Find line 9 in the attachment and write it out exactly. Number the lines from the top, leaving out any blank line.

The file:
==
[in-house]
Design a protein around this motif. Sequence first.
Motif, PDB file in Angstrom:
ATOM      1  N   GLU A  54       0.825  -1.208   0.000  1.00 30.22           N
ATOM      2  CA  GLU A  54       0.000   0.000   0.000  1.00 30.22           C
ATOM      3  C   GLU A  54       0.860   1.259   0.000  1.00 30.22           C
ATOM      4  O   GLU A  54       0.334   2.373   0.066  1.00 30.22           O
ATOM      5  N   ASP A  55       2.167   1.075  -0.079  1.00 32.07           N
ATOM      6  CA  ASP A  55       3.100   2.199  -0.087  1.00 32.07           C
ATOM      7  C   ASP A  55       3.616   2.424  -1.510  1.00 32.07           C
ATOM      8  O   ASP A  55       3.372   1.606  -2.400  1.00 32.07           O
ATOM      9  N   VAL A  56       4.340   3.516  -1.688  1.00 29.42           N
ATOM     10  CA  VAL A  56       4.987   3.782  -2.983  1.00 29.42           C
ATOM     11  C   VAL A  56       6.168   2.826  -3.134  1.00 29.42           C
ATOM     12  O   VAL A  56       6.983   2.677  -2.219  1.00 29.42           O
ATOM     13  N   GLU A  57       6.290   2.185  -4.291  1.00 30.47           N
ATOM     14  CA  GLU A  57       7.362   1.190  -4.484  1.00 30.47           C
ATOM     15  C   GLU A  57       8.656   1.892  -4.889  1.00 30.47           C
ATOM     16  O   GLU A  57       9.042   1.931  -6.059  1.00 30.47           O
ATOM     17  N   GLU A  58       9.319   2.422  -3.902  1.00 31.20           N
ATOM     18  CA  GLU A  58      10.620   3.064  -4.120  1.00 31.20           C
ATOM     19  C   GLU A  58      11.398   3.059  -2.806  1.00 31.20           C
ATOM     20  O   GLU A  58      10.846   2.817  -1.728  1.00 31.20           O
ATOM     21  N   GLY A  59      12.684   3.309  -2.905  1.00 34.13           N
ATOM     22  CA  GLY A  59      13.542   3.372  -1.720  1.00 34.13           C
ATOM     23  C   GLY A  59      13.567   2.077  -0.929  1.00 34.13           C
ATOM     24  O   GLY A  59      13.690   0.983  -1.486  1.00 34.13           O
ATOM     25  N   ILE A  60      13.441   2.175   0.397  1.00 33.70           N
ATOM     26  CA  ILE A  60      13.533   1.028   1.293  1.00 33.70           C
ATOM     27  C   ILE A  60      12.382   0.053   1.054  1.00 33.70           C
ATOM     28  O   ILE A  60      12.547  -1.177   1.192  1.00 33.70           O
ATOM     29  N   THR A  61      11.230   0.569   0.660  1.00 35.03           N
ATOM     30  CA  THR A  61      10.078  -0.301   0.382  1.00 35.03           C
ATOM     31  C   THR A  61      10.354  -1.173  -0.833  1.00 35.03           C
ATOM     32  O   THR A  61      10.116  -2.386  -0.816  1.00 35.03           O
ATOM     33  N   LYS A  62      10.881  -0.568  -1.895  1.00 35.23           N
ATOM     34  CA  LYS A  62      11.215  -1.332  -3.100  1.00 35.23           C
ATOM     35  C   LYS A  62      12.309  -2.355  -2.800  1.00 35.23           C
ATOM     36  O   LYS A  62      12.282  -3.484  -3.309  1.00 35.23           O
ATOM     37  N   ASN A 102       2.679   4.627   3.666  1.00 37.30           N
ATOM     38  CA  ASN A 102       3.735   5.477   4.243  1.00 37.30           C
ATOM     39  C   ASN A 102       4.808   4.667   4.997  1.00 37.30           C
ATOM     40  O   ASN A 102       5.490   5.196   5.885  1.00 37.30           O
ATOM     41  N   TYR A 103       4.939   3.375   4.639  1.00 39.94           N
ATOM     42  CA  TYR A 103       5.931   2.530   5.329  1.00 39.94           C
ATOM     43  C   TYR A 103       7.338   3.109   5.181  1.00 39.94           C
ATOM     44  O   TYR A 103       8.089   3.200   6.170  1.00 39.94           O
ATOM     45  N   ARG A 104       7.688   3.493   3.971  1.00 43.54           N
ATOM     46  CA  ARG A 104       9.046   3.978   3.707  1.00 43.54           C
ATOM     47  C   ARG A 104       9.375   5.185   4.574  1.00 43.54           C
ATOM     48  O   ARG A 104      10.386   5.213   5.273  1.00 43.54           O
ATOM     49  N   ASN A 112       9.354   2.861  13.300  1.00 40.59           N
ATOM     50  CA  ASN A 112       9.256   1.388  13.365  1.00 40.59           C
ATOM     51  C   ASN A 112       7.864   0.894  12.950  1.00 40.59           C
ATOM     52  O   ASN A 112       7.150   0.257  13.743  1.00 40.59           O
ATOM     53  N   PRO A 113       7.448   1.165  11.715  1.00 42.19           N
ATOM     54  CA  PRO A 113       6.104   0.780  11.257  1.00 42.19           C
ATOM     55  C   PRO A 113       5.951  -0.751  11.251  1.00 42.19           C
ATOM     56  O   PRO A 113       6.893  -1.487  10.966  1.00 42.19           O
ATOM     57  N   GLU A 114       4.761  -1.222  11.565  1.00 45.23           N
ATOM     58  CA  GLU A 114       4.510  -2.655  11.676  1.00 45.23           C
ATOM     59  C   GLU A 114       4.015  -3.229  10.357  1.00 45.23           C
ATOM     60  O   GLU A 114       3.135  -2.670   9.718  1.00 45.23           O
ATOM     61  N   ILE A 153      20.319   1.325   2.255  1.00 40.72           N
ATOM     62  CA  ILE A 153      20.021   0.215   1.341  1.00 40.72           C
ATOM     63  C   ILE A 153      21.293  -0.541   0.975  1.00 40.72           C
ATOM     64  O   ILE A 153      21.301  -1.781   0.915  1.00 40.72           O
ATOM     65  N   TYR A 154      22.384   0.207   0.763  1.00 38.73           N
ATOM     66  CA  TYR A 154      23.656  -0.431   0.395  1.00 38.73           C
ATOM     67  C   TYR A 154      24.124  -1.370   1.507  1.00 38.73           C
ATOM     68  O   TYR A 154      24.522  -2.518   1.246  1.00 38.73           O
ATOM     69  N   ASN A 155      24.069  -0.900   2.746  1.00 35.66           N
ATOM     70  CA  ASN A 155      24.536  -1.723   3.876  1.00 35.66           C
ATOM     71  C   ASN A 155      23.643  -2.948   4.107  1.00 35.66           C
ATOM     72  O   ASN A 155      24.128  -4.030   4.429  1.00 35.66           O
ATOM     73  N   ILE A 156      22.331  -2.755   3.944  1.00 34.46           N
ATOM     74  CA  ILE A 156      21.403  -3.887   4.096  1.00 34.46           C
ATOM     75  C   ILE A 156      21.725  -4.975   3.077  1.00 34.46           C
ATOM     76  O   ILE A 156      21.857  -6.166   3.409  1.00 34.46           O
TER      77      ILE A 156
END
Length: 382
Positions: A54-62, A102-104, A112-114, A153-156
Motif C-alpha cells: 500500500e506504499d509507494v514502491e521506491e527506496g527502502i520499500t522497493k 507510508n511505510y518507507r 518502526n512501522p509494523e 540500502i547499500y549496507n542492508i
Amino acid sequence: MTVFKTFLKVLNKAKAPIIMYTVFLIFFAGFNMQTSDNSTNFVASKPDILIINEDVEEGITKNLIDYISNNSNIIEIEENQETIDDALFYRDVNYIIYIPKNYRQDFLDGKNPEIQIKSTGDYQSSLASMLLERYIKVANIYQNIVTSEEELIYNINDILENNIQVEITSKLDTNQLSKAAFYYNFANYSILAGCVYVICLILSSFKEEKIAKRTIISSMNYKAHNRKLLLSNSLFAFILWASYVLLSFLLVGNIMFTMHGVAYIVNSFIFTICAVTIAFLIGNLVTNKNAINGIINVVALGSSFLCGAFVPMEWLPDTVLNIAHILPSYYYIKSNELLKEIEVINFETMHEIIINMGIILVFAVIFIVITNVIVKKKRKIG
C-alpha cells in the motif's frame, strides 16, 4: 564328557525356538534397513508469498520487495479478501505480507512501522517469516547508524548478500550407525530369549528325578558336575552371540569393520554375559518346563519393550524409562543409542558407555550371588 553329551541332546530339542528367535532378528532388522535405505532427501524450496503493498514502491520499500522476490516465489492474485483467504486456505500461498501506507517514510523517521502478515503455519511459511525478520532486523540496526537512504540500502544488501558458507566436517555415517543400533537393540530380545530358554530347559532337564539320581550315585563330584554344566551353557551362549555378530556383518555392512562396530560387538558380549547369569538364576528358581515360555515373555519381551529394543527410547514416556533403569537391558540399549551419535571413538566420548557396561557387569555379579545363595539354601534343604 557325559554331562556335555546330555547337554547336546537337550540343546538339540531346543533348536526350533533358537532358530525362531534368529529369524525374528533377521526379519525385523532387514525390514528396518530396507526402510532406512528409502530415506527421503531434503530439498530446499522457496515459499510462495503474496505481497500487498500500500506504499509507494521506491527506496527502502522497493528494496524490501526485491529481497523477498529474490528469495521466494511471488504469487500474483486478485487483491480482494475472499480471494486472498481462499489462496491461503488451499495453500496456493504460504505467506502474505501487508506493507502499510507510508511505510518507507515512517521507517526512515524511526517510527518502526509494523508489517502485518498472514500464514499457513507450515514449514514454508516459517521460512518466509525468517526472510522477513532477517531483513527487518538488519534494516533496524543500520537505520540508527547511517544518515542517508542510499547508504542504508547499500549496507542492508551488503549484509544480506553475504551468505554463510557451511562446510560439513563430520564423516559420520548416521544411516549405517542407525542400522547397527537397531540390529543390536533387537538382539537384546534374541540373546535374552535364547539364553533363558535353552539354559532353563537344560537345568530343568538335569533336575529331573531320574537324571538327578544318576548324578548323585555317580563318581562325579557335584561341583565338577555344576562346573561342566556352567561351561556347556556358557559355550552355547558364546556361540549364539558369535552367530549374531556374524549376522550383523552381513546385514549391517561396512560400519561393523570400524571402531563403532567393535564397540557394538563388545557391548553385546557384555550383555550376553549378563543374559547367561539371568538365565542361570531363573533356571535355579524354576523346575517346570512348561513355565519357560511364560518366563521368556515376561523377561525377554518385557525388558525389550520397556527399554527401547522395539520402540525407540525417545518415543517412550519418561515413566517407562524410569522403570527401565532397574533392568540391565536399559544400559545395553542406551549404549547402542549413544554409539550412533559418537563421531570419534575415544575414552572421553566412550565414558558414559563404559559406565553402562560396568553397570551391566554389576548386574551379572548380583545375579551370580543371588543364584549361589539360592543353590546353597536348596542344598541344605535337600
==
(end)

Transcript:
ATOM      6  CA  ASP A  55       3.100   2.199  -0.087  1.00 32.07           C